Baltimore's Defenders

Smith, Samuel, 1752-1839 [Portrait]

General Samuel Smith, 1817-1818. Maryland Historical Society.

During the months surrounding the Battle of Baltimore, more than 15,000 people were stationed along the eastern defenses. The militia was composed of citizens desiring to protect their city and their fellow residents from the type of destruction recently seen in Washington D.C. Thousands more militia members from other areas joined the locals seeking to avert a devastating loss at an important American port city. These militias included citizens from Virginia and Delaware with 4,000 Pennsylvania volunteers marching down the York road on September 14.


Who defended Baltimore on Hampstead Hill?

Plummer Southcomb - Prior to the Battle of Baltimore, Plummer Southcomb served as first lieutenant aboard the schooner Price. He resided in Fells Point at 29 Alicanna Street. On August 19, 1814, Southcomb joined the First Marine Artillery of the Union under Captain George Stiles. The company dismantled guns from privateers in port and transported the weapons to the entrenchments on the eastern defensive line. Southcomb and his company stayed in that position until November 30 when they were mustered out. Southcomb then returned to the sea and by 1822 had moved to Bond Street with his wife, Elizabeth.

Archibald Golder - Archibald Golder was born in Baltimore in 1788 to a wealthy merchant family. Golder joined the family business, the import and sale of wallpaper. Archibald enlisted in the Maryland militia and was assigned the rank of private in the Columbian Artillery, commanded by Capt. Samuel Moale. He remained on the eastern defensive line until November 30, when his company was discharged. After the war Golder returned to work at his paper-hanging warehouse, located on the corner of Baltimore and Charles streets. Golder died in 1858 at the age of 70 and was buried at Green Mount Cemetery along with his second wife, Mary.

Peter Tebo Sr. - Peter Tebo, Sr. lived in Fells Point along with his son, Peter Tebo, Jr. and was living on Thames Street working as an innkeeper when the War of 1812 broke out. Both he and his son were privates in the Eagle Artillery under Capt. George J. Brown. They likely served on one of the several bastions located along the eastern defensive line from September to November 1814. Following the war Tebo Sr. returned to his job as an innkeeper.

Peter Tebo Jr.  - For several years before the war, Peter Tebo Jr. worked as a ship’s carpenter, and likely had a hand in constructing merchant vessels as well as several of the Baltimore Clippers that were responsible for harassing British shipping interests during the War of 1812. Both he and his father were privates in the Eagle Artillery under Capt. George J. Brown. They likely served on one of the several bastions located along the eastern defensive line from September to November 1814. After the war, he returned to his work as a ship’s carpenter.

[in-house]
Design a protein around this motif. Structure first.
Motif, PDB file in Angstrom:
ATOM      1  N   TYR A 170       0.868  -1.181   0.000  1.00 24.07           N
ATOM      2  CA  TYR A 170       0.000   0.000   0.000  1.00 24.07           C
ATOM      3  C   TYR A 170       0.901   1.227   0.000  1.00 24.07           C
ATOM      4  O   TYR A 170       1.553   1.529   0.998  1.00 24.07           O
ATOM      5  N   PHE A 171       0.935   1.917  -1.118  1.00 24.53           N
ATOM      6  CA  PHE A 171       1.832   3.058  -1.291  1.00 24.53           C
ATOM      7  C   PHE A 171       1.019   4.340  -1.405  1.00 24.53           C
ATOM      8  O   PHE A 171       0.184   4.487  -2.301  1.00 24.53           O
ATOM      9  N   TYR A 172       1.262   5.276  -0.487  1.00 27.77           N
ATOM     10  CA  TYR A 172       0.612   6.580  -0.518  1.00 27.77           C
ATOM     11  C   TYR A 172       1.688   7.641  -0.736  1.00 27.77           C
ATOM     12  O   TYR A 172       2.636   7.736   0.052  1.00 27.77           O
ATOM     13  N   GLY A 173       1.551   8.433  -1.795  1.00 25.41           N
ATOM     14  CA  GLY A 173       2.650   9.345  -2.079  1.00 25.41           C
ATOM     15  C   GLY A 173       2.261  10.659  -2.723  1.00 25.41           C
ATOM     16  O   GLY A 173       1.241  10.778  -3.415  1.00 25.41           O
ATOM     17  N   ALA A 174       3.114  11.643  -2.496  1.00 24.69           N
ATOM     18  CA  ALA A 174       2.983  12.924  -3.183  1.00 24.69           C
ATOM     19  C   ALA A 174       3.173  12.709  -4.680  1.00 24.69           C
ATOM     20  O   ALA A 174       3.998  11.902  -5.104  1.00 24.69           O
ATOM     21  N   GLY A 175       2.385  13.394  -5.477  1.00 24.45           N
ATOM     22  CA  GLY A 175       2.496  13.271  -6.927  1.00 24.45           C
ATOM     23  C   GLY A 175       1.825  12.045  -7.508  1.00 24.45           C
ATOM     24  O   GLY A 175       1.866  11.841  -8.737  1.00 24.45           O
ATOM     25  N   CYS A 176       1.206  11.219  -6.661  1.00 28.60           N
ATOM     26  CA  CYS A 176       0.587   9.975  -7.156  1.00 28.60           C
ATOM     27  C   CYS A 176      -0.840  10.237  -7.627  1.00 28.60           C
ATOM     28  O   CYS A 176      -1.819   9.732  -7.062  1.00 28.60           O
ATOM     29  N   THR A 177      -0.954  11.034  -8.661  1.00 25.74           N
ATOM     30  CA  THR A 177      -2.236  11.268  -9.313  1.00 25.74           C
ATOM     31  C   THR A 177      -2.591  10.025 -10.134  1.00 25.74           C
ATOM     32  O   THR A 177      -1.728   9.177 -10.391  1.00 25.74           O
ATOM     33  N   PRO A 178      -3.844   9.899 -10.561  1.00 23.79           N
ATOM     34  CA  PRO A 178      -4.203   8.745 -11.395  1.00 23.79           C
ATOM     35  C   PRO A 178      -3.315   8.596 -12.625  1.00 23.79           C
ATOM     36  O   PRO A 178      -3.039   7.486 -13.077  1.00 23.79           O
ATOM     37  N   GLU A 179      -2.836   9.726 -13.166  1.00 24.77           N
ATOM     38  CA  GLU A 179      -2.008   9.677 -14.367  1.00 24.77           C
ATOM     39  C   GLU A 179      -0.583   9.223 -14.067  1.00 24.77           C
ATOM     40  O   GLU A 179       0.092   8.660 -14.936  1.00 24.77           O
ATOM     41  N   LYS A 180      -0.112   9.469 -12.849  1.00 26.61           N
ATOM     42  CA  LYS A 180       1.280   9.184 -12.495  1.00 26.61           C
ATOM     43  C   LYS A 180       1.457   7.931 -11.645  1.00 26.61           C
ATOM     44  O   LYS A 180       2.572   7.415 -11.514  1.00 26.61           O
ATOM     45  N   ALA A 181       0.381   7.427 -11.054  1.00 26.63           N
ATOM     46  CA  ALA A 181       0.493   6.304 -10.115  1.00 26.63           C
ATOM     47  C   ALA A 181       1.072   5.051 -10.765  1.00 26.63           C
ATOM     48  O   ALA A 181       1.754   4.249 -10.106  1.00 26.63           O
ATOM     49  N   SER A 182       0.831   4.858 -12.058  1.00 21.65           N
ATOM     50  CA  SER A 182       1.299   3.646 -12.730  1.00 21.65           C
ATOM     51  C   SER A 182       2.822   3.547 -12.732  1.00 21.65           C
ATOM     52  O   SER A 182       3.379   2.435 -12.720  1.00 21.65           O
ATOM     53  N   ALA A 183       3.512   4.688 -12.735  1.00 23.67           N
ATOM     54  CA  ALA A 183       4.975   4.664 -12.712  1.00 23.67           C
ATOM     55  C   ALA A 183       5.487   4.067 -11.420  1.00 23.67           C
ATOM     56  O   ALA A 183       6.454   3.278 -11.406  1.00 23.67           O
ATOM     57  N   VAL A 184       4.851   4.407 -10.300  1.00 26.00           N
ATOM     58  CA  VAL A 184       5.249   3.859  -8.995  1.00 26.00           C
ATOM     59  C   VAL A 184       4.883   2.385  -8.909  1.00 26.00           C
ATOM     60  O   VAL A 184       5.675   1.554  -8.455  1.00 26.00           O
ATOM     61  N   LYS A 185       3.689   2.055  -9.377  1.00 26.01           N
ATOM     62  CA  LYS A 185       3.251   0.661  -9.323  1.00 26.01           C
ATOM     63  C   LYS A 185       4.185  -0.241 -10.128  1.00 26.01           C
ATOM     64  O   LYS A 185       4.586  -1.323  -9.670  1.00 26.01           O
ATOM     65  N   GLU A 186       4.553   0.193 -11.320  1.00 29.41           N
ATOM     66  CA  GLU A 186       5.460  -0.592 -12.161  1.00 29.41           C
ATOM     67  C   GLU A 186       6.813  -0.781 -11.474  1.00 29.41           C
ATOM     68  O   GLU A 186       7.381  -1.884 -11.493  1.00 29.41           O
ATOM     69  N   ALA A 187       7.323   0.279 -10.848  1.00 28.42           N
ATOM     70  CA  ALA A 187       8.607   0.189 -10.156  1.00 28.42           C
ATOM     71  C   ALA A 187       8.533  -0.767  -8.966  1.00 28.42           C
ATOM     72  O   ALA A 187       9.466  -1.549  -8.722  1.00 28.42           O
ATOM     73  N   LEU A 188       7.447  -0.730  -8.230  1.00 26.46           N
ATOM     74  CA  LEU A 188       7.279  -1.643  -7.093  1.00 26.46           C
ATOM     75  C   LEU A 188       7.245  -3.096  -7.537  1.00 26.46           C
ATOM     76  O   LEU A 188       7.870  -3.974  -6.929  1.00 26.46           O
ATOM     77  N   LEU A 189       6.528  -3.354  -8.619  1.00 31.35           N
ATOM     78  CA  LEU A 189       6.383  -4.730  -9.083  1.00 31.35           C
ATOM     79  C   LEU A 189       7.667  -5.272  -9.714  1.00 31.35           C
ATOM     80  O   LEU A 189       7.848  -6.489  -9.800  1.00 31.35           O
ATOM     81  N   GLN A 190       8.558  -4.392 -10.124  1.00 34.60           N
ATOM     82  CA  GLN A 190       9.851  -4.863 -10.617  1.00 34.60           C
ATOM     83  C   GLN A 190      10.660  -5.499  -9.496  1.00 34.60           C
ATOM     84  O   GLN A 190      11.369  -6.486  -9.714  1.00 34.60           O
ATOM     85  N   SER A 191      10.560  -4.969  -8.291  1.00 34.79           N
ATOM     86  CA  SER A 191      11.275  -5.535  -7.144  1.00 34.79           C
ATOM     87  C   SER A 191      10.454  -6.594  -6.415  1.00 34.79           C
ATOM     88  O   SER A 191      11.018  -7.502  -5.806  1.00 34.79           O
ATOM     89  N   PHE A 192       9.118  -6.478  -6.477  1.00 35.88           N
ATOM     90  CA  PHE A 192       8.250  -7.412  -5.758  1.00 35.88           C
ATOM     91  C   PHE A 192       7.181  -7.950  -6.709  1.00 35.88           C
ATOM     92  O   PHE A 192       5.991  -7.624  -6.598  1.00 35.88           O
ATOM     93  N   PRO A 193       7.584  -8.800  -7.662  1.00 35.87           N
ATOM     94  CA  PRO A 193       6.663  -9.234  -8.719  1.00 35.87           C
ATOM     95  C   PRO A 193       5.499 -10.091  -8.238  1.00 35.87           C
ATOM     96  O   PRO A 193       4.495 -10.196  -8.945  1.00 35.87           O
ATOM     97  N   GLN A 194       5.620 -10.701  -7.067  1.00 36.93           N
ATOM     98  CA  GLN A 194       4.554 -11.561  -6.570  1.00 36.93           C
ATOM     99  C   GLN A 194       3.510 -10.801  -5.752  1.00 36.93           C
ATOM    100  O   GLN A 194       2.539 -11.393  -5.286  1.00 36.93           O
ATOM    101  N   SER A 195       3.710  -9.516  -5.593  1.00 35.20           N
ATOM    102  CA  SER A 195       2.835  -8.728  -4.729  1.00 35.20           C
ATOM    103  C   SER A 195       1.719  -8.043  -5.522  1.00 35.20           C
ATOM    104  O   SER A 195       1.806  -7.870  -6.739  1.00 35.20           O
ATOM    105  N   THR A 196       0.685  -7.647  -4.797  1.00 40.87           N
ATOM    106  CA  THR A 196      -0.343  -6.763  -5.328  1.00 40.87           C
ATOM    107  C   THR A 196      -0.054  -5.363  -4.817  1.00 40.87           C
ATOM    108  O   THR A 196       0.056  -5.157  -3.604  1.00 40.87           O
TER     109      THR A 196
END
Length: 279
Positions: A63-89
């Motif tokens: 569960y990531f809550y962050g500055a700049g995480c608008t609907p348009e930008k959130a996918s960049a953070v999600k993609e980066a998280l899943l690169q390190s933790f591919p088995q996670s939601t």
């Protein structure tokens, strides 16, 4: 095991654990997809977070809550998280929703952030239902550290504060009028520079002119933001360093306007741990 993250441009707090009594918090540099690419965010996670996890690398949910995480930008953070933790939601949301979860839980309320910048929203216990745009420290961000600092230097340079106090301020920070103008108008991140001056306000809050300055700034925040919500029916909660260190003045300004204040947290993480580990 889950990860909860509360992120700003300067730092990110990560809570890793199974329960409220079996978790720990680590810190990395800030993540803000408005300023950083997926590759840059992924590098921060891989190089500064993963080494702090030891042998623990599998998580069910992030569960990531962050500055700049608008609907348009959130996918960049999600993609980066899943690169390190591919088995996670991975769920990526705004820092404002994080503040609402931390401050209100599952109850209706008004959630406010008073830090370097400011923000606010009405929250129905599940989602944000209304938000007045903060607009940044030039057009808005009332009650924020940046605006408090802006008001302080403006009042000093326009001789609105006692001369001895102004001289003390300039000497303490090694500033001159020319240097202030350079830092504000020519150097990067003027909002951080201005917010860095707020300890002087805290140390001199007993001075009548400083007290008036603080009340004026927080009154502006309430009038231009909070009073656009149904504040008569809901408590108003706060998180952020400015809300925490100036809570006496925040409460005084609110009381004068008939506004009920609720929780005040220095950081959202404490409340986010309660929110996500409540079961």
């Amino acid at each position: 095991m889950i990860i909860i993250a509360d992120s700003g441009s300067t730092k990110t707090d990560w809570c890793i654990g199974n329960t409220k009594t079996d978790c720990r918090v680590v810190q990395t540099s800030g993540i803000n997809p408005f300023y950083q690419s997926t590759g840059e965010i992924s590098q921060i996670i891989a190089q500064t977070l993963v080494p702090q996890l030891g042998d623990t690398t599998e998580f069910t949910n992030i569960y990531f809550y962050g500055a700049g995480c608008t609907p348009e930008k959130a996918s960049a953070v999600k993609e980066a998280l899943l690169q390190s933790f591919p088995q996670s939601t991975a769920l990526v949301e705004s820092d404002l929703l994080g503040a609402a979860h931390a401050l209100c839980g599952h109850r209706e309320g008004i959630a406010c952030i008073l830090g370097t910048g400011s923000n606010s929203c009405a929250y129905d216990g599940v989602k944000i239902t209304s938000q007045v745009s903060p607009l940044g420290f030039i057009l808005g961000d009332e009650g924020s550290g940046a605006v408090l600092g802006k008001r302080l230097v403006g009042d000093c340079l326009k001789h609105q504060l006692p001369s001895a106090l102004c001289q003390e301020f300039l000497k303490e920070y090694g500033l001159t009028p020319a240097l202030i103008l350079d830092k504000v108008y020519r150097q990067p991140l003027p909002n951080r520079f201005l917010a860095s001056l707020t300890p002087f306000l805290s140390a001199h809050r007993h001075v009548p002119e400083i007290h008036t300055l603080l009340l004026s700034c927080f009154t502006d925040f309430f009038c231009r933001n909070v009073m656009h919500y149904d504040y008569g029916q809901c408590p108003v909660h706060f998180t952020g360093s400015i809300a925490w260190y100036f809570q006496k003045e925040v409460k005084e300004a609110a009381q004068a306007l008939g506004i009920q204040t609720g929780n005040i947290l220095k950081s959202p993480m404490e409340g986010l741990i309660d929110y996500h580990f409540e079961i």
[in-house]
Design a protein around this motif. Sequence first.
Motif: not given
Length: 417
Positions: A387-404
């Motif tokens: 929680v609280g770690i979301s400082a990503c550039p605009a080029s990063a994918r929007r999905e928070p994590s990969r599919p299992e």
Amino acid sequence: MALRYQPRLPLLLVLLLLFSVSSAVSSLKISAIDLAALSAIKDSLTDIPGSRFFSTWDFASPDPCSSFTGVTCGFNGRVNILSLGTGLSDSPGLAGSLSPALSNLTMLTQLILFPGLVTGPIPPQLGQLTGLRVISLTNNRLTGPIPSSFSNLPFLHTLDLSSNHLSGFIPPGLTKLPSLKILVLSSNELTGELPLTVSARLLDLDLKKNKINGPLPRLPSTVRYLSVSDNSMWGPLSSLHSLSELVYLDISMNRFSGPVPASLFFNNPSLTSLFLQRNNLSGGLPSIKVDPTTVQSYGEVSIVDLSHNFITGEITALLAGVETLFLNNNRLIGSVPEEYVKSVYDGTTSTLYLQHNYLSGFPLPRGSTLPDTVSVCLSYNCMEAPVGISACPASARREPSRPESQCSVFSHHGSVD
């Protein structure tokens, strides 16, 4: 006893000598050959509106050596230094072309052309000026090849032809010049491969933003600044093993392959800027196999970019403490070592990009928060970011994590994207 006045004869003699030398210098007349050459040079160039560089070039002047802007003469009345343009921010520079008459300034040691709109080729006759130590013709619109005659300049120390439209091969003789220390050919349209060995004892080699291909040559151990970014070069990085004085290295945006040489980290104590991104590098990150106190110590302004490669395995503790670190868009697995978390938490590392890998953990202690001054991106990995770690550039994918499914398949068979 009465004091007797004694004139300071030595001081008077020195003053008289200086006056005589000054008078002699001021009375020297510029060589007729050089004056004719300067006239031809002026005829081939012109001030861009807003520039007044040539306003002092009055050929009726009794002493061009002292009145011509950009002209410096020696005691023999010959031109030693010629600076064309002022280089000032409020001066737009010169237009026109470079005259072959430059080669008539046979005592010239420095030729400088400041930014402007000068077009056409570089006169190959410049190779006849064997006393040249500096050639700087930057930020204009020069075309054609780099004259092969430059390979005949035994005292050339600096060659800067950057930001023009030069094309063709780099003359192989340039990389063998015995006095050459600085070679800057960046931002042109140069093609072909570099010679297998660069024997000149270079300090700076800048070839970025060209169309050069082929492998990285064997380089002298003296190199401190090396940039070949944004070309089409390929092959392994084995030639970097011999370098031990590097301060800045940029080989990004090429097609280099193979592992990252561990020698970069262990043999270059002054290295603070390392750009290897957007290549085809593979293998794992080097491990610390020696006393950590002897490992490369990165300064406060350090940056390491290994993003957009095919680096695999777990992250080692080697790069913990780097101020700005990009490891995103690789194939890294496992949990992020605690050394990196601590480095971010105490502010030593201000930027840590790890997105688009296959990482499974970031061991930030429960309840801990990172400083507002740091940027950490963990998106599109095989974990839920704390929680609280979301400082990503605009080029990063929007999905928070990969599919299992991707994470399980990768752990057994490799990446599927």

Stephen Culverwell - Born in 1781, Culverwell worked as a schoolteacher and served as a sergeant in the 51st Maryland Regiment. He was likely involved in both the construction of the earthworks and the defense of the eastern perimeter until late November 1814. Following the War, Culverwell remained in Baltimore where he continued to teach until the 1840s.

Peter Walker - Peter Walker was born in Ireland around 1780. Sometime prior to the War of 1812, he immigrated to America, eventually settling in Baltimore. By the fall of 1814, he and his wife, Mary lived on Pearl Street and his occupation was listed as “laborer.” In August 19 of that year, Peter enlisted in the Maryland Militia and was given the rank of private under the command of Capt. George H. Stewart. He was stationed along the eastern line and remained on the eastern defensive line until November 18, 1814. After the war, Walker lived on Bath Street where he continued his pre-war employment. He lived in Baltimore City until his death in 1851.

James C. Wheeden – Just nine years old in 1814, James Wheeden was one of the youngest defenders of Baltimore. He was a resident of Fells Point and the son and grandson of shipwrights. In 1814, helped build the earthen defenses on Hampstead Hill. After the war he lived his life as a sail maker and lived to be 87, dying in 1892 in Fells Point.

Henry Harner - Henry Harner was born in 1786, in Amity Township, Berks County, Pennsylvania. He worked as a laborer on his father’s farm in Amity Township. Prior to the war, neither he nor any of his family had ever been to Baltimore or even left Berks County since emigrating from Germany in 1750. In August 1814, Harner and 4,000 other Pennsylvania volunteers mustered in York, Pennsylvania, to help defend Baltimore. He enlisted as a private and began to march to Baltimore, following present-day York Road. They arrived on September 14, 1814, as the British were withdrawing from the city. The Pennsylvania Militia encamped at Camp Springfield, located approximately a mile northwest of Hampstead Hill on present-day Belair Road in anticipation of a second British attack. That November, the force returned to York. After the war Henry returned to his wife, Elizabeth, and established his own farm in Berks County, where he remained, working the land with his brothers and sons until his death in 1844.

Samuel Dewees - Samuel Dewees was a Revolutionary War veteran from Manchester, Pennsylvania. When not in military service, he was shoemaker and a fife player. During the Battle of Baltimore, Dewees signed on with the 15th Maryland Regiment as a fife major. Dewees was stationed in the entrenchments on the eastern defensive line.